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European parliament bans Monsanto from entering

September 29, 2017 by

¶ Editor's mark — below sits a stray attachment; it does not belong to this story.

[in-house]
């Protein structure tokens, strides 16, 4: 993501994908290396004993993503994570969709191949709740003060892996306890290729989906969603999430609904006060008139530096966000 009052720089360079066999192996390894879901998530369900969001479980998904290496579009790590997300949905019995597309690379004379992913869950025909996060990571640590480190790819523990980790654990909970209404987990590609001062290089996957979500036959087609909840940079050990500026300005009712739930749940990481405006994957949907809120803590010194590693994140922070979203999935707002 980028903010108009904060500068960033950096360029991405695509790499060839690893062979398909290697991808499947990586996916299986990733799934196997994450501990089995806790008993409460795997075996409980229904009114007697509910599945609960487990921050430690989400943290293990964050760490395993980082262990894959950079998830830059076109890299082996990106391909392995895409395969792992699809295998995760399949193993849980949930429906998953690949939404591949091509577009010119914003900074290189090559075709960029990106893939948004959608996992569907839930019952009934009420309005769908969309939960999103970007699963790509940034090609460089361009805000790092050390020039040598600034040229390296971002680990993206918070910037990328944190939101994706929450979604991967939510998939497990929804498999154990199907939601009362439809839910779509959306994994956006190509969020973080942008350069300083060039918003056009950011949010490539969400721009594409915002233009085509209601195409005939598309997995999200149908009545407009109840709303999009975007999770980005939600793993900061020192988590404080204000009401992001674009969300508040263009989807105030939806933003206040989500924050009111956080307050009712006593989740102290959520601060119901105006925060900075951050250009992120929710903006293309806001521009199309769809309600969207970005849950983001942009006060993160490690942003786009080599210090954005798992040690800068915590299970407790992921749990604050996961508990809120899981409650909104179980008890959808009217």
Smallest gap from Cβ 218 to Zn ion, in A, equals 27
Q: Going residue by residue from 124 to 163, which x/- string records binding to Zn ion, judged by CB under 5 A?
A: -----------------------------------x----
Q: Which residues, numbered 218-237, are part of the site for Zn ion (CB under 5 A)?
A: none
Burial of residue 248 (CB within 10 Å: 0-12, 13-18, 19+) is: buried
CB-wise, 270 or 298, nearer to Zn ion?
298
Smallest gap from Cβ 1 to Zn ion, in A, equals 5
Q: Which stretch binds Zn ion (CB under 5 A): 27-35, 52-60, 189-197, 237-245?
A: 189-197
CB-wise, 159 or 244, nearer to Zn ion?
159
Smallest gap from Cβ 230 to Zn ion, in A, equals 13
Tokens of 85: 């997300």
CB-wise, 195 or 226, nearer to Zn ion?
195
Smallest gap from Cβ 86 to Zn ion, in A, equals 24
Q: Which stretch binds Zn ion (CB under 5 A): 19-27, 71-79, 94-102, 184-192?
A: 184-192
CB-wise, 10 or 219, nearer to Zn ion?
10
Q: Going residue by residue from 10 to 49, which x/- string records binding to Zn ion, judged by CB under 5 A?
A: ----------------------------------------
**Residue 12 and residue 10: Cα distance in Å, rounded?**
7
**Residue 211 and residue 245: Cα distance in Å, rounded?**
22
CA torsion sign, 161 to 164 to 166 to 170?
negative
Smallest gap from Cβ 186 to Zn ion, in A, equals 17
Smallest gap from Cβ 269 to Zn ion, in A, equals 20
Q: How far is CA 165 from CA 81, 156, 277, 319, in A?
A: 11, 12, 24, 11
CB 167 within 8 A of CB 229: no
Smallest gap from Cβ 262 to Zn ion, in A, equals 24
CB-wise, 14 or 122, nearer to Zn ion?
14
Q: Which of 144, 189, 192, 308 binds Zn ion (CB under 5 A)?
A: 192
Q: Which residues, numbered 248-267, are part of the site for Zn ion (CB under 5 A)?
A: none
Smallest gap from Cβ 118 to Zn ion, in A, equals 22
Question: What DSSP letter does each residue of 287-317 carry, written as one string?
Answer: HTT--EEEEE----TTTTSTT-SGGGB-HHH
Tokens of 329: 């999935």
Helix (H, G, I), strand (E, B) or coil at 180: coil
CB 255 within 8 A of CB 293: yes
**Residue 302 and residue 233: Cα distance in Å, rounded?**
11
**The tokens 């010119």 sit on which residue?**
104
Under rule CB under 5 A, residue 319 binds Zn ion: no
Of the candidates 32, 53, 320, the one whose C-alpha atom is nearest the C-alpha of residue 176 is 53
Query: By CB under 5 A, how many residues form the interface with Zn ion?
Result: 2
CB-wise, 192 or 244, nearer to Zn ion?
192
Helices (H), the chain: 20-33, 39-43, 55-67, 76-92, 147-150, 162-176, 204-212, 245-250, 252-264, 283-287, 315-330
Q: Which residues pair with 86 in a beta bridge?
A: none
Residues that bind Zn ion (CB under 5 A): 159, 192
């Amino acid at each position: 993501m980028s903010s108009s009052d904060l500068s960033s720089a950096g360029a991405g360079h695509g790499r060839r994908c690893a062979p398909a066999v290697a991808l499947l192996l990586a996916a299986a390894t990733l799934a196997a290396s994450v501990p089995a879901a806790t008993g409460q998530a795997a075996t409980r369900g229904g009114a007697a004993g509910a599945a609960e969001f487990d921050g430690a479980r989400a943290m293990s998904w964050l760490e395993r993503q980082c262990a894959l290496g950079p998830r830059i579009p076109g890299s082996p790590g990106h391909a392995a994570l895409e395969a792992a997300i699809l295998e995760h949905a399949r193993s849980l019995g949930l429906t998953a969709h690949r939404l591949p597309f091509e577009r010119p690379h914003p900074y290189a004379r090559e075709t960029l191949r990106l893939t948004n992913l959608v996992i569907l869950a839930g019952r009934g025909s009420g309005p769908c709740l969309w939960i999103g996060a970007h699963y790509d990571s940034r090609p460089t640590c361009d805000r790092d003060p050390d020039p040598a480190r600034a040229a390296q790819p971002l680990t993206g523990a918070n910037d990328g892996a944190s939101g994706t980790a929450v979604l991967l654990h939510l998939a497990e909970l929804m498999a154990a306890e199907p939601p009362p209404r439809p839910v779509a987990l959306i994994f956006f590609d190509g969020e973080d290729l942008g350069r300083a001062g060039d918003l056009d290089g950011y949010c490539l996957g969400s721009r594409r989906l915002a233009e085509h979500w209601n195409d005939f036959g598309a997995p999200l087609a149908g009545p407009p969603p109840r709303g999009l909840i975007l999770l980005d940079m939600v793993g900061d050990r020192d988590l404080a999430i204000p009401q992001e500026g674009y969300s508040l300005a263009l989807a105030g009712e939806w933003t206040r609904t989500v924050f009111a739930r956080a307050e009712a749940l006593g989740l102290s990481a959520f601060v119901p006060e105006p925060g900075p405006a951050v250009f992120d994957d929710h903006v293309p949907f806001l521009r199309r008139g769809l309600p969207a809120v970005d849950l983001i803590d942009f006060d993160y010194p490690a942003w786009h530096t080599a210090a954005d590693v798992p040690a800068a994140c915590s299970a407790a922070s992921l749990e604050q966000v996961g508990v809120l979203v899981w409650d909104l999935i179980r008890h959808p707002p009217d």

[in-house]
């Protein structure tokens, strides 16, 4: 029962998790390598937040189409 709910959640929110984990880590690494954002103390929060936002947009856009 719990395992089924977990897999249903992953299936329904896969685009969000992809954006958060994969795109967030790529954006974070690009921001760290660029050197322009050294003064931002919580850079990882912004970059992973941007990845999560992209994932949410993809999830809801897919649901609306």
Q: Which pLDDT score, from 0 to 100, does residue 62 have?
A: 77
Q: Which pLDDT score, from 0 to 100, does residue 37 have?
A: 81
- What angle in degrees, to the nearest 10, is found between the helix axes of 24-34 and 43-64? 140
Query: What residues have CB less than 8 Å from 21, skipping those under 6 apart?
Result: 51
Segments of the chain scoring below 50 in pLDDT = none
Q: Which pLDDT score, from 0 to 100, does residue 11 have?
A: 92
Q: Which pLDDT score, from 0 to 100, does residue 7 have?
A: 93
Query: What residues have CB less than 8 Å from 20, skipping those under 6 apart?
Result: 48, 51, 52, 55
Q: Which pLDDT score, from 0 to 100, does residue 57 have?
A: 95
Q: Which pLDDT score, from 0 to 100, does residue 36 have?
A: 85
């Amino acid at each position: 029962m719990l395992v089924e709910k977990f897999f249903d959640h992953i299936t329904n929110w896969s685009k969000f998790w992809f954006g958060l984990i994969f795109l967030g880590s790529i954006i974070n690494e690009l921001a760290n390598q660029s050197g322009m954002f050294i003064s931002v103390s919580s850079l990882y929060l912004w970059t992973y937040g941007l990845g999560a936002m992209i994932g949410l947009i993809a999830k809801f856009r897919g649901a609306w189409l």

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Monsanto recently refused to be present at a hearing in which the European parliament planned to dig into allegations the agrochemical company unduly influenced studies into glyphosate’s safety, according to The Guardian. The European parliament wasn’t too happy with that – and just banned Monsanto from entering parliament. The agriculture and environment committees of the European parliament had set up a hearing for October 11, at which academics, campaigners, and regulators were to be present – but Monsanto decided not to come. The hearing is expected to go over allegations the company influenced regulatory studies into the safety of a key ingredient in their best-selling product RoundUp . Angry, members of the European Parliament (MEPs) subsequently banned Monsanto lobbyists . The Guardian reports this is the first instance of MEPs utilizing new rules to withdraw access for businesses that disregard summons to hearings or inquiries. Related: California adds Monsanto’s glyphosate to list of chemicals known to cause cancer The leaders of major parliamentary blocks supported the ban in a vote, according to a spokesperson for European parliament president Antonio Tajani, who also said, “One has to assume it is effective immediately,” even as officials need to work through a formal process. Under the ban, Monsanto officials will not be able to go to committee meetings, meet MEPs, or use digital resources in Strasbourg or Brussles on parliament premises, according to The Guardian. Green Party president Philippe Lamberts said, “Those who ignore the rules of democracy also lose their rights as a lobbyist in the European parliament. U.S. corporations must also accept the democratic control function of the parliament. Monsanto cannot escape this.” The vote comes before a decision on whether or not to re-license glyphosate later this year. Philip Miller, Monsanto vice president, said in a letter to MEPs, “We have observed with increasing alarm the politicization of the EU procedure on the renewal of glyphosate, a procedure which should be scientific but which in many respects has been hijacked by populism.” One expert World Health Organization panel has linked glyphosate to cancer , while another said it was safe for public use. According to The Guardian, Monsanto spends around €300,000 to €400,000 – or around $354,690 to $472,920 – on lobbying in Brussels. Via The Guardian Images via Die Grünen Kärnten on Flickr and BUND Bundesverband on Flickr